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Indirect Labor and Indirect Materials costs are what type of cost?

Conversion costs (as a component of OH)


Costs on an Income Statement

Net Sales

- COGS ----------> Product Costs

= Gross Profit

- SG&A Expenses ---------> Period Costs

= Net Profit (Loss)


Overhead Rate Methodology

  • Estimated amounts based on currently attainable capacity are always used for this formula— not historical, ideal, or theoretical amounts. This is likely to be a frequently tested concept on the CPA exam.

An overhead application rate is commonly called a predetermined ("estimated" = "budgeted") overhead rate and is computed as follows:

Estimated Total Overhead Costs / Estimated Activity Volume

  • Direct materials and direct labor are traced to the Work-in-Process (WIP) account, but overhead must be allocated to WIP. Since overhead costs are typically not directly traceable to specific units of production, an estimated overhead amount is applied to production based on a predetermined rate. Actual overhead costs are accumulated separately. At the end of the period, the applied overhead is compared to the actual overhead and an entry is made to adjust any difference.
  • The result of this calculation is the overhead allocation rate (or overhead application rate). The overhead allocation rate is normally established prior to the beginning of the period. That is, it is a predetermined rate.


Applied Overhead T-Account Entry

Actual Overhead T-Account Entry

OH Applied - sent to WIP

  • DR: Work-in-Process
    • CR: Factory Overhead Applied

Actual OH - sent from DM and DL (left side of T-Account)

  • DR: Factory Overhead Control Utilities Expense
    • CR: Accounts Payable


Closing out the OH Account - T-Account Entry

  • DR: Factory Overhead Applied
    • CR: Factory Overhead Control

Immaterial deltas are typically allocated to COGS.  

Material differences should be allocated PRO-RATA to WIP, FG and COGS based on their respective ending balances.  This will be tested on exam.  



MFG OH Overapplied to WIP vs. Underapplied MFG OH

Overapplied (allocated) = When more overhead costs are applied to products than are actually incurred, factory overhead is said to be overapplied. When the accounts are closed at the end of the period, overapplied overhead reduces Cost of Goods Sold.

Underapplied (allocated) = When actual OH is > OHA (or budgeted). When the accounts are closed at the end of the period, underapplied overhead increases Cost of Goods Sold.  For overhead to be underapplied, either the actual fixed costs must be greater than the budgeted fixed costs or the actual volume must be less than the budgeted volume.


Summary of OH Application (3 steps at 3 time periods during the year)

  1. At the beginning of the year, we calculate the predetermined overhead allocation rate (POR). For example, estimated overhead is divided by estimated direct labor hours.
  2. During the year, we periodically allocate overhead by multiplying the overhead allocation rate (POR) by the actual units of the allocation base.
  3. At the end of the year we dispose of over/underapplied overhead by taking the difference between actual overhead and applied overhead to Cost of Goods Sold.


Conversion Cost

Conversion cost is the sum of direct labor and overhead. It is so named because this is the cost of the efforts that convert raw material into finished goods.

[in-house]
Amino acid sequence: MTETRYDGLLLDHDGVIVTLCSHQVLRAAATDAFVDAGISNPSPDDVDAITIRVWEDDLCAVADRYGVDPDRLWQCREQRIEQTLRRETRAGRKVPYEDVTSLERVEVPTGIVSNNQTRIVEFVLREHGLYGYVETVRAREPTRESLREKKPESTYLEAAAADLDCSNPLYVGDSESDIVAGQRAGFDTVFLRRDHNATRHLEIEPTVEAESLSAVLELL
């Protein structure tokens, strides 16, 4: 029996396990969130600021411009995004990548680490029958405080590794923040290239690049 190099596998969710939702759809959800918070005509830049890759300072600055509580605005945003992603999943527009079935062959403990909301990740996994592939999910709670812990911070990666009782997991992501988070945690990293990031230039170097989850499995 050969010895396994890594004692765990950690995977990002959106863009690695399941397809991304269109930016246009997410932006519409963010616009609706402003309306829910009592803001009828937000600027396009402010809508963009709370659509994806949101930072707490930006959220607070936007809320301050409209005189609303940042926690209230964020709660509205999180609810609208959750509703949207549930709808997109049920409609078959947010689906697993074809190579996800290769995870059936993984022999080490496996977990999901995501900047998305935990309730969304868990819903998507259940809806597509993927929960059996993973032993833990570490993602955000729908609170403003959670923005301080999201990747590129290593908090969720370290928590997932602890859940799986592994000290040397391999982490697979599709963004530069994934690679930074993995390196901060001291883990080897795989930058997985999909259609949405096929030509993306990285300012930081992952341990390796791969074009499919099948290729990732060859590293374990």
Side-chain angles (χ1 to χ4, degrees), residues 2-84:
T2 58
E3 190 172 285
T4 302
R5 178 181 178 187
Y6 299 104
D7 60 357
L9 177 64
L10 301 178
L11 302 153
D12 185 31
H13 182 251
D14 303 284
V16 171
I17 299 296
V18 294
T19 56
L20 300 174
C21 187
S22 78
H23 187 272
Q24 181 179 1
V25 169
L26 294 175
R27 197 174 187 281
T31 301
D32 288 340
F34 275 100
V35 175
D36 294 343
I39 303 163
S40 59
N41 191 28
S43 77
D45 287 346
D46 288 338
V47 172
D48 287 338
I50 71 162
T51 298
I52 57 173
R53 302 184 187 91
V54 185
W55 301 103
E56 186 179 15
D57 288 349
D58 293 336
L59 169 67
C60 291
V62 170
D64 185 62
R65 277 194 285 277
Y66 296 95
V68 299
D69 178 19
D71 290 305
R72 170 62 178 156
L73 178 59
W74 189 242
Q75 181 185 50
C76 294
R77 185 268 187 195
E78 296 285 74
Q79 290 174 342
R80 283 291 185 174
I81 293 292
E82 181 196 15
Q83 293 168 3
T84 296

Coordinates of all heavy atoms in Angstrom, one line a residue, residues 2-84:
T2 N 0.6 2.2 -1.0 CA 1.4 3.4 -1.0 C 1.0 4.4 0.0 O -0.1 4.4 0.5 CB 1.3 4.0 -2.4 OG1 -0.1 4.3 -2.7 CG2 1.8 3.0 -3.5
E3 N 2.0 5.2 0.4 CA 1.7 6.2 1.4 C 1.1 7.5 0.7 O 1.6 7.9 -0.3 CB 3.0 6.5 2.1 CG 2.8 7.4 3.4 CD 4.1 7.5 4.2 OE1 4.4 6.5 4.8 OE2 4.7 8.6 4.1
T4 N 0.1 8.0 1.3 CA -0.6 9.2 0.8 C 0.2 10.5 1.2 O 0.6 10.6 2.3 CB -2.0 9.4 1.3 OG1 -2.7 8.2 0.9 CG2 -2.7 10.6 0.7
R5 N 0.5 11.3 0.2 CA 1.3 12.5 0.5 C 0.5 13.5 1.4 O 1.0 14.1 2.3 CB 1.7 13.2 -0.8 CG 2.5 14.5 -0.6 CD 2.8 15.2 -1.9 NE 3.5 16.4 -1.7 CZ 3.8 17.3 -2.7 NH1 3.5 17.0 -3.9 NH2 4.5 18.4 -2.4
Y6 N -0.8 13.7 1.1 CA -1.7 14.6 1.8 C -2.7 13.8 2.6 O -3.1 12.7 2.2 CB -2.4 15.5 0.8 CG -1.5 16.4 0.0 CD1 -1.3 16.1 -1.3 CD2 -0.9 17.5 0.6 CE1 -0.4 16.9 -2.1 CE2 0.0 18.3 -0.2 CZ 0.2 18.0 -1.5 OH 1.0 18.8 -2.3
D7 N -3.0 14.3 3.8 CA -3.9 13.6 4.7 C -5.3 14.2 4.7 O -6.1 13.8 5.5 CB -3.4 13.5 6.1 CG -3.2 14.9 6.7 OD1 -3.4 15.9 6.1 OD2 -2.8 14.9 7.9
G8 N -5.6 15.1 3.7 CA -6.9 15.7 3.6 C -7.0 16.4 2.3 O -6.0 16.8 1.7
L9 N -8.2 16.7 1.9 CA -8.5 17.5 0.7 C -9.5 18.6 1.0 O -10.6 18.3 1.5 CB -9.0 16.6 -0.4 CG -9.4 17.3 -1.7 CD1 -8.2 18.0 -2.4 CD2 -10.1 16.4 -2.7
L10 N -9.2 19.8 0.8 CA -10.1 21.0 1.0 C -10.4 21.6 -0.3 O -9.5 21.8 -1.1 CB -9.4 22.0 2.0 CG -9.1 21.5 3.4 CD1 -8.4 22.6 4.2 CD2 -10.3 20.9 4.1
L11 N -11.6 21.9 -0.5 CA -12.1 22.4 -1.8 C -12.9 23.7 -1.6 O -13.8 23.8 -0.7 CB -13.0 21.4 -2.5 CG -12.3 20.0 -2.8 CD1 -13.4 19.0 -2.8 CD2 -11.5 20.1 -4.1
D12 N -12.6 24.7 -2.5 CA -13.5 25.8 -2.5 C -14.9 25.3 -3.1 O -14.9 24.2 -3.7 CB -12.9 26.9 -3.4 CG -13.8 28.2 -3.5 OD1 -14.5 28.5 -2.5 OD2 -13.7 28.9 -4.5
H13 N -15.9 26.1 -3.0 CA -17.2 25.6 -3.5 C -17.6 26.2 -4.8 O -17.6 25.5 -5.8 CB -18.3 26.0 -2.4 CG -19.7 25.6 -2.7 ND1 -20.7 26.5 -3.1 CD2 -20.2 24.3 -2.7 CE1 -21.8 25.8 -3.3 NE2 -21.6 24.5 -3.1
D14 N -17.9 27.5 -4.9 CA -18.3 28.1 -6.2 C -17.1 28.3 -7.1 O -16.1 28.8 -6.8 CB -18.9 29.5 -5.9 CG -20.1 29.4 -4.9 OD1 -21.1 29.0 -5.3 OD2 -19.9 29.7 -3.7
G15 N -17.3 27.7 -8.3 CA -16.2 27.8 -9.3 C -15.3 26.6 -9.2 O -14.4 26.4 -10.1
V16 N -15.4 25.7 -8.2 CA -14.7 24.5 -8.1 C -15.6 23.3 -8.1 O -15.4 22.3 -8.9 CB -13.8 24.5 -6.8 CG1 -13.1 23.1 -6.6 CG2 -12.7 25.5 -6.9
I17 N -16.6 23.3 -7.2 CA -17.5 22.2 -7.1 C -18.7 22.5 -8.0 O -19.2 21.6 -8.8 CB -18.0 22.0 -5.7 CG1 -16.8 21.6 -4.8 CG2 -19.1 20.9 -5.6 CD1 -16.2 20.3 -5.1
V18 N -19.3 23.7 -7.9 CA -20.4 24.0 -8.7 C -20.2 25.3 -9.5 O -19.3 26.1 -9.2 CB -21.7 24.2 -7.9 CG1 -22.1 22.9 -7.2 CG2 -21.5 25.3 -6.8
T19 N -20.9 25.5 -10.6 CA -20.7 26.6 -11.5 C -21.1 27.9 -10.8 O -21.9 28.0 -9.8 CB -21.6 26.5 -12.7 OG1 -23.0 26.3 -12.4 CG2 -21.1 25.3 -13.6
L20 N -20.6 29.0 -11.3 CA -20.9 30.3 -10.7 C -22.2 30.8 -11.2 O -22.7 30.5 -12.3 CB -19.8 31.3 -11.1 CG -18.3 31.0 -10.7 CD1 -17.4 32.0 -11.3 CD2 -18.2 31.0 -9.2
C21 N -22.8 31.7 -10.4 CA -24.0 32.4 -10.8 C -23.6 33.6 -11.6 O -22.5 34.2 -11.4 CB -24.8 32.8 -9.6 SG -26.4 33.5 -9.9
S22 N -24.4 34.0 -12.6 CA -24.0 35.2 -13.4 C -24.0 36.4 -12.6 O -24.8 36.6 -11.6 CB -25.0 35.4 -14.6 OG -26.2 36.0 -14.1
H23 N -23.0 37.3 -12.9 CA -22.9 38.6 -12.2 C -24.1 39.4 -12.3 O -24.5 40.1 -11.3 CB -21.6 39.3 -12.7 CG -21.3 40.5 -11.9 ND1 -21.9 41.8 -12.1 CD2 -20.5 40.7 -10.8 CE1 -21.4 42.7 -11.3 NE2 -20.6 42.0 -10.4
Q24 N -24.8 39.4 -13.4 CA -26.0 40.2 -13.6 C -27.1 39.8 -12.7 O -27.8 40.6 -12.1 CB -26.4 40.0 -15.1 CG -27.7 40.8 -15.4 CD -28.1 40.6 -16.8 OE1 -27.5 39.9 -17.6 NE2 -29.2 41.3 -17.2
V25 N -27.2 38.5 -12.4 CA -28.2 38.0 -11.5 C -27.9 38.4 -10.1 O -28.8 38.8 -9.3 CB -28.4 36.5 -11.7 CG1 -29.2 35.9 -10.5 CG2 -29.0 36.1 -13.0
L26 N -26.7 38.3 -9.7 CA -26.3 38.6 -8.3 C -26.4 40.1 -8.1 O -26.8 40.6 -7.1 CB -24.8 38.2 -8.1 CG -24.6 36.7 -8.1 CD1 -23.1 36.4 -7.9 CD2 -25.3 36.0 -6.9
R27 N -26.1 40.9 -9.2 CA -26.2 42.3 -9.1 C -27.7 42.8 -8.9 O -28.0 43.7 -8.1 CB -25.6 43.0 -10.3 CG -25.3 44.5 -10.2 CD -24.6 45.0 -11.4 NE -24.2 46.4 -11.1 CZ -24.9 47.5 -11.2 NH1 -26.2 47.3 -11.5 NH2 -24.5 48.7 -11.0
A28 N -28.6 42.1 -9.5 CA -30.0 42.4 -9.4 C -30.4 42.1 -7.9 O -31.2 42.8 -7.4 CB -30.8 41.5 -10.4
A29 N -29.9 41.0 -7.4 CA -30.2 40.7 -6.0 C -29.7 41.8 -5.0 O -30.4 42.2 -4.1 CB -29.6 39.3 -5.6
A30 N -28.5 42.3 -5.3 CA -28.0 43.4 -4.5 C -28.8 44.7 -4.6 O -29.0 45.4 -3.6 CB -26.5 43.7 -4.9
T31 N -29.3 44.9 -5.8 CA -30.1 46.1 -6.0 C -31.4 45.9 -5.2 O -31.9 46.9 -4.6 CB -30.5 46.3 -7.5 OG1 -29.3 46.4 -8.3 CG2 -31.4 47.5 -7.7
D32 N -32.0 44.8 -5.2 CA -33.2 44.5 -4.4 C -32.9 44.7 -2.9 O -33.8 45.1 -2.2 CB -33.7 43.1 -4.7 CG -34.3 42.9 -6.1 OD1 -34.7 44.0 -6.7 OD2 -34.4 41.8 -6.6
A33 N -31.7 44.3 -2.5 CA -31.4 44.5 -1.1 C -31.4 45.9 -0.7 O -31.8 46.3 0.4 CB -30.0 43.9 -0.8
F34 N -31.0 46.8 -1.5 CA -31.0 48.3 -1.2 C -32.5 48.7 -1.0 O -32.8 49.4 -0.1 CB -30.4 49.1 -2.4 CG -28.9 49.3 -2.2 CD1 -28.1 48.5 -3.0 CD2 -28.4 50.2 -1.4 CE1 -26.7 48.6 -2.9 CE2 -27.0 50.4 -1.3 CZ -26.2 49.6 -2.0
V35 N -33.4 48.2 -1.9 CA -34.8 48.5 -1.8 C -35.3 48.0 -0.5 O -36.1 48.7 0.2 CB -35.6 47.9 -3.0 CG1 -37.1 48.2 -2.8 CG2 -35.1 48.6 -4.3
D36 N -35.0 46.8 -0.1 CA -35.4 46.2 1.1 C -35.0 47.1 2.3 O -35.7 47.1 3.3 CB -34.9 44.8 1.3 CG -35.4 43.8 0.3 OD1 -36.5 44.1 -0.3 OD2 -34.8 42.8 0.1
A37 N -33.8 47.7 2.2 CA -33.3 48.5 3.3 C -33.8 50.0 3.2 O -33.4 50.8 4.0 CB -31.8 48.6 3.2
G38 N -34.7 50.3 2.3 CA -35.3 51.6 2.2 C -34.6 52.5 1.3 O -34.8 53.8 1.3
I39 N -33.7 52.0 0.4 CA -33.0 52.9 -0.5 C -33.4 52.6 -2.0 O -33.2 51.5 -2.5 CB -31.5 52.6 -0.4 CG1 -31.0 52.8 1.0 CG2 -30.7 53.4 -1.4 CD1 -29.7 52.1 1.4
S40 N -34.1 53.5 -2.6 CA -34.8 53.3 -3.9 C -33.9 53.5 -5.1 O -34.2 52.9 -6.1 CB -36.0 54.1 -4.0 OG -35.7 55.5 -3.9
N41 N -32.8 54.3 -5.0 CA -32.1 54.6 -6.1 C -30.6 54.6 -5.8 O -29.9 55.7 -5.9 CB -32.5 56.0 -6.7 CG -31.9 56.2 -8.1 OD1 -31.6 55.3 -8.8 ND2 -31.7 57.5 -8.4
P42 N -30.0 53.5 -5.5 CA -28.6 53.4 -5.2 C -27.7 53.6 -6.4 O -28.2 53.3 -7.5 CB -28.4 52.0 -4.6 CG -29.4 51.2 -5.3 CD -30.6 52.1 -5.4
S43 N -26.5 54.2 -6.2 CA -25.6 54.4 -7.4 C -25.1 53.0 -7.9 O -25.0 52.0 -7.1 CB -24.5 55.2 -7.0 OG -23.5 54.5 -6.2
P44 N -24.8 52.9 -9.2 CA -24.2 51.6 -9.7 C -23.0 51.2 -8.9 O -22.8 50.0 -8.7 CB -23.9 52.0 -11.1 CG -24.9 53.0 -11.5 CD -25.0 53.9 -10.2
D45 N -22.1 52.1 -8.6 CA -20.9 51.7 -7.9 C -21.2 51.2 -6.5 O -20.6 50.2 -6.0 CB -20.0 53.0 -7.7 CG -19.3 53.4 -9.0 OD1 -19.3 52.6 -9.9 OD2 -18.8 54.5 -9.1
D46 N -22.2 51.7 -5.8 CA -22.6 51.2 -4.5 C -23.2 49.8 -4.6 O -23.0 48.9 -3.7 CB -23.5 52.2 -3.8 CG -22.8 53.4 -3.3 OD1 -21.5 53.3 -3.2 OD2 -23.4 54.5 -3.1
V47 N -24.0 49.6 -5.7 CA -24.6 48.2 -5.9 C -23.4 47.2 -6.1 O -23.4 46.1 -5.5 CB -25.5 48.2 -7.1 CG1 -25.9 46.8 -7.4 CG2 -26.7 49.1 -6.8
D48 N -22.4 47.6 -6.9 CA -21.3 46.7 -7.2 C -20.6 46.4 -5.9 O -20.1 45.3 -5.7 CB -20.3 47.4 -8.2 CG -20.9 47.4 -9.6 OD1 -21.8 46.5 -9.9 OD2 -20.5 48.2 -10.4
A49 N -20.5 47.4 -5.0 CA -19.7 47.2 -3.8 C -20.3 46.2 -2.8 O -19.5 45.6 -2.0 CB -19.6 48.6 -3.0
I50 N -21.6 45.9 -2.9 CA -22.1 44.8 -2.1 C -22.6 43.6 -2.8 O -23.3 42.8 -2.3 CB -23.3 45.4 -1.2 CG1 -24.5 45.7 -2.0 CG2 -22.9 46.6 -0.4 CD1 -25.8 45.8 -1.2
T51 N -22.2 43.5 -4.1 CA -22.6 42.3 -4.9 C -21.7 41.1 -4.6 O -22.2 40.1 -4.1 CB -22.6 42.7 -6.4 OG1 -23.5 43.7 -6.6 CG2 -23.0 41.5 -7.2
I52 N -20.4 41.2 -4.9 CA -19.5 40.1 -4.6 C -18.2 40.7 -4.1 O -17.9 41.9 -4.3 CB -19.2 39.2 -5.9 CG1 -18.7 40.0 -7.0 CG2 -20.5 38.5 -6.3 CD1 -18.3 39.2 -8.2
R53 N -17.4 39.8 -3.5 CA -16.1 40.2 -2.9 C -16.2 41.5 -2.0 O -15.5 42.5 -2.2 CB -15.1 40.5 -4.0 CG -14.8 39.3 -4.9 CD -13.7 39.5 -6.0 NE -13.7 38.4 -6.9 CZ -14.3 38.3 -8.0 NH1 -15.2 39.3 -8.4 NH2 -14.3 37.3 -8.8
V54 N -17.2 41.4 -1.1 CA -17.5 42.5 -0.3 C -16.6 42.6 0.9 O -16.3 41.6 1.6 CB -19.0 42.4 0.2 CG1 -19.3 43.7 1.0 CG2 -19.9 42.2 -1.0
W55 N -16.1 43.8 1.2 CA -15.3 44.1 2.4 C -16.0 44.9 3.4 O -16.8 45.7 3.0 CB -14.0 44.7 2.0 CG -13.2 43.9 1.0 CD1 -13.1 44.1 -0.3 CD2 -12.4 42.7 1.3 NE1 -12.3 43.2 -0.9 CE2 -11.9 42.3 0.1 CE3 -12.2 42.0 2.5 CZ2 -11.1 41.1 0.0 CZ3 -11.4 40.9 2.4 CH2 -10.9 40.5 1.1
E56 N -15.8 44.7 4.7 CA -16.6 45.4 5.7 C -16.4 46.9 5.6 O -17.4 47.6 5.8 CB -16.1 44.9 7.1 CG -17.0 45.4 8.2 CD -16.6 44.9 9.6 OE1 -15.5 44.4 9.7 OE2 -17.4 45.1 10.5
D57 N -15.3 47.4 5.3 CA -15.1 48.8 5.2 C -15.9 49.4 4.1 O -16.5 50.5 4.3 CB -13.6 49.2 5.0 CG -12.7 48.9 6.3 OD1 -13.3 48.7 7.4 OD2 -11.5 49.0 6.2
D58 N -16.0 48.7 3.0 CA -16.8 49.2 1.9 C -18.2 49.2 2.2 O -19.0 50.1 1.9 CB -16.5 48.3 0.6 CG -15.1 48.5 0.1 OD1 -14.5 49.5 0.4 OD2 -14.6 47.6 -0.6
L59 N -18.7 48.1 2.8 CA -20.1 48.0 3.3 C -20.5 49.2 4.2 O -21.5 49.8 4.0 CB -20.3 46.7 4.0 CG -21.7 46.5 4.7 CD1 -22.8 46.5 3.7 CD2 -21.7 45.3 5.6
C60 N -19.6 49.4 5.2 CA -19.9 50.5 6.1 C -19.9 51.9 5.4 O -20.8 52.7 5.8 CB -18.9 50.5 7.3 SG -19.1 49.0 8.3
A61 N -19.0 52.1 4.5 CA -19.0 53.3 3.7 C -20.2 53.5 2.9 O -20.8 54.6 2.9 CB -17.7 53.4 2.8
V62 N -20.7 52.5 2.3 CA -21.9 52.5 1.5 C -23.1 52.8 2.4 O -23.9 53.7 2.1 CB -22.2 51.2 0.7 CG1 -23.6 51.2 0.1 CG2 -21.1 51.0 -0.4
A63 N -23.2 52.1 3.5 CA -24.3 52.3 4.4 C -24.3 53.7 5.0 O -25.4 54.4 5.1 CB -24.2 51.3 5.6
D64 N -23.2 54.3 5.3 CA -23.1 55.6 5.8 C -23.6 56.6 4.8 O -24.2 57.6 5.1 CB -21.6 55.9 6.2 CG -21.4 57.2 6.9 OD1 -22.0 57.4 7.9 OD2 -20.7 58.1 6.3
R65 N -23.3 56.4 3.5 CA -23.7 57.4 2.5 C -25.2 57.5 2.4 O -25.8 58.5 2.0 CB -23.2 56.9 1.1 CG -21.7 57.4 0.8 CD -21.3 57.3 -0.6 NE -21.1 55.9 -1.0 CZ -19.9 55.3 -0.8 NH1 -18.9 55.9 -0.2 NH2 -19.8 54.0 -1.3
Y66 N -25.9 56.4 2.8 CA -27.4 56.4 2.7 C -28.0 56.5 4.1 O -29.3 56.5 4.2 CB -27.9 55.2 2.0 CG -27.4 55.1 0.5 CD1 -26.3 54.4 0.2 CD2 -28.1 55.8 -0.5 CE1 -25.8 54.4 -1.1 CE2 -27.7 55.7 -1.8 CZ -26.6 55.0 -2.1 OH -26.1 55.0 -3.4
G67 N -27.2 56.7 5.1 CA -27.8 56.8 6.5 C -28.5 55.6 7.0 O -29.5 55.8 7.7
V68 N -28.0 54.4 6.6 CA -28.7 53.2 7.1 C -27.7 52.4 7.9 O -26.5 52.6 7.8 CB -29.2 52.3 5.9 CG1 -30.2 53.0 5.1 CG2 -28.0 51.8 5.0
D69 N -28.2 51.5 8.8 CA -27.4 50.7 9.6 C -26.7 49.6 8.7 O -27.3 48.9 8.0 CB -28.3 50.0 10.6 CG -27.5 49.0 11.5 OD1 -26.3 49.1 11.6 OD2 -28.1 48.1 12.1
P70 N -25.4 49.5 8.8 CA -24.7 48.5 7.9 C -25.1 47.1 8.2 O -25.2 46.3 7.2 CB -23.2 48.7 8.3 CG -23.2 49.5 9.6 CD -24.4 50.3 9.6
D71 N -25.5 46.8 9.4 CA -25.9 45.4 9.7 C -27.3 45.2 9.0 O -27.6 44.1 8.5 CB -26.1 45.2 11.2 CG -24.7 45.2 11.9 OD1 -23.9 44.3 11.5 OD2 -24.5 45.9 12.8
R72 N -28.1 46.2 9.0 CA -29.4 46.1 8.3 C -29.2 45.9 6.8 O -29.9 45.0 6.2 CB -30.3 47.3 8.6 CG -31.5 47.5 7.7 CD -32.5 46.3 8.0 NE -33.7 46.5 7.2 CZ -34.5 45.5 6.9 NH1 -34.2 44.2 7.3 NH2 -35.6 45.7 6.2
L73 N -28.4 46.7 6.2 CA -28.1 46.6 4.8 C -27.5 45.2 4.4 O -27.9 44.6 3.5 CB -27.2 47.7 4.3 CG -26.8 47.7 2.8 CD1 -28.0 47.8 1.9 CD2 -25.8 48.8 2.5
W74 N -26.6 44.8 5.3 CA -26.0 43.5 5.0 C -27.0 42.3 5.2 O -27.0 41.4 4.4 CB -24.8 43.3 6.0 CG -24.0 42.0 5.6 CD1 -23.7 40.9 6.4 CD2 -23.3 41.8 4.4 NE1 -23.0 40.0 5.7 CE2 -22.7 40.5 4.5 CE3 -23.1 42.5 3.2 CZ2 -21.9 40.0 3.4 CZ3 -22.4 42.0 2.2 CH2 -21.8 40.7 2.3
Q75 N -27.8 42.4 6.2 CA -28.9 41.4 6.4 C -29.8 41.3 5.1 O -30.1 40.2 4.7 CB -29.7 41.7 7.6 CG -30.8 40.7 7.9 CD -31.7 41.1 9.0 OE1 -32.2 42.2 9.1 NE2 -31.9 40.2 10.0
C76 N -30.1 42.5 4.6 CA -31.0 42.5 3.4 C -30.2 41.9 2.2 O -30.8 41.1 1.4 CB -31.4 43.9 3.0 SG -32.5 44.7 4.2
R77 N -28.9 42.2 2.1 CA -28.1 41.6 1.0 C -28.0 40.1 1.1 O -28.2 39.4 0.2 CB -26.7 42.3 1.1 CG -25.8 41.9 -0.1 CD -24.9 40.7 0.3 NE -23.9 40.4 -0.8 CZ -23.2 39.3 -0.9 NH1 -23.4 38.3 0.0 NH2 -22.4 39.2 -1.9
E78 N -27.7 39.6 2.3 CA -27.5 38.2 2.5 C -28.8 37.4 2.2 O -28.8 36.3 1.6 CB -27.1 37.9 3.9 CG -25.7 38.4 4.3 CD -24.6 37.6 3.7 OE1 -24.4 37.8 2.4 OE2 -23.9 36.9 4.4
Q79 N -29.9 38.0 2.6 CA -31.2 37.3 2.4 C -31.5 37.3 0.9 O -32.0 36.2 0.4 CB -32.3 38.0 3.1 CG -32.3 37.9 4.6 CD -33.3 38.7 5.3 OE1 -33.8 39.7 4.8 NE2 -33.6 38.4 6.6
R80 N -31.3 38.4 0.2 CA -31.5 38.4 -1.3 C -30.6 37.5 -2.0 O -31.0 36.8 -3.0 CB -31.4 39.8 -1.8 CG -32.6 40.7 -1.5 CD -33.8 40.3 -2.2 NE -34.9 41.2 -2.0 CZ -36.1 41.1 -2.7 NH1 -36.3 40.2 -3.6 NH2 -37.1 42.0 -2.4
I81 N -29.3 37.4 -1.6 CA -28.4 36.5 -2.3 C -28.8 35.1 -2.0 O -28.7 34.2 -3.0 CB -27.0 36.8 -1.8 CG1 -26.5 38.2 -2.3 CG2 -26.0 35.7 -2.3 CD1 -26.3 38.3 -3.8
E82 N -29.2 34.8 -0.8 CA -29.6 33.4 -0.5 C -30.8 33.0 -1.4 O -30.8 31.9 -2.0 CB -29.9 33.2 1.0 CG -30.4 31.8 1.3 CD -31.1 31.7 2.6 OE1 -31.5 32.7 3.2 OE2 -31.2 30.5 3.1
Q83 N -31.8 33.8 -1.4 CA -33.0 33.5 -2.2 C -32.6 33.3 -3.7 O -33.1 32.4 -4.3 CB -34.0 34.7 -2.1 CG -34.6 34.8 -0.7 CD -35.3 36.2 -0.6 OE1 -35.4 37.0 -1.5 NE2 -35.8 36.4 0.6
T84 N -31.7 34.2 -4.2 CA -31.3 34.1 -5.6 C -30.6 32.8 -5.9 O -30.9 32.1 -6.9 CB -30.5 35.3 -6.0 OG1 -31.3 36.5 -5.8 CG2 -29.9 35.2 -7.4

Indirect labor is included in overhead and, thus, is part of conversion cost.


Flow of Inventory Calculation (must know this for multiple sections of CPA exam)

+ Beginning Inventory

+ Purchases

= COG Available for Sale

- Ending Inventory (reported on B/S)

= COGS (appears as line item on I/S)



Direct Materials Formula (Step 1)


+ DM Purchased

= DM Available for Use


= DM Used (flows to Total Manufacturing Costs)


Total Manufacturing Costs (Step 2)

DM Used

+ DL


= Total MFG Costs (flows to CGM)


CGM (Step 3)


+ Total MFG Costs

= WIP Available


= CGM (Flows to CGS)


CGS (Final Step in Inventory Flow, hits Income Statement)


+ CGM (i.e. Total Production Costs)

= CG Available for Sale




What inventory accounts are analyzed for:



CGM = Raw Materials and WIP

CGS = Finished Goods



Scrap is included in product costs along with normal spoilage.  

  • Scrap is the material left over after making a product. It has minimal or no sales value. Scrap is automatically included in work in process for a product because it is part of the material cost of a product. In many manufacturing settings, it is impossible to use every bit of material input. For example, the circular punch-outs for conduit boxes are scrap.
  • Normal spoilage is output that cannot be sold through normal channels. It is an inherent result of production. In many cases, it is not cost effective to attempt to reduce the normal spoilage cost to zero. It is a normal part of the production process and, therefore, its cost is included in the cost of units produced.
  • Abnormal spoilage is considered avoidable. It occurs as a result of an unexpected event, such as a machine breakdown or accident. This cost is treated as a loss rather than a normal production cost.


When a flexible budget is used, a decrease in production levels within a relevant range will do what to total costs?

Decrease total costs.  

Variable cost per unit is assumed to be constant throughout the relevant range. A decrease in production causes total variable costs to decrease, but not variable cost per unit. Also, variable cost per unit should not increase with lower production. 


Cost = FC + VC(vc/unit)

This formula is crucial in calculating many total cost questions.  Using the high-low method, remember the Rise/Run to arrive at vc/unit, then solve for FC by plugging in facts from one set of facts given.  


Activity Based Costing (ABC) vs. Traditional Cost Systems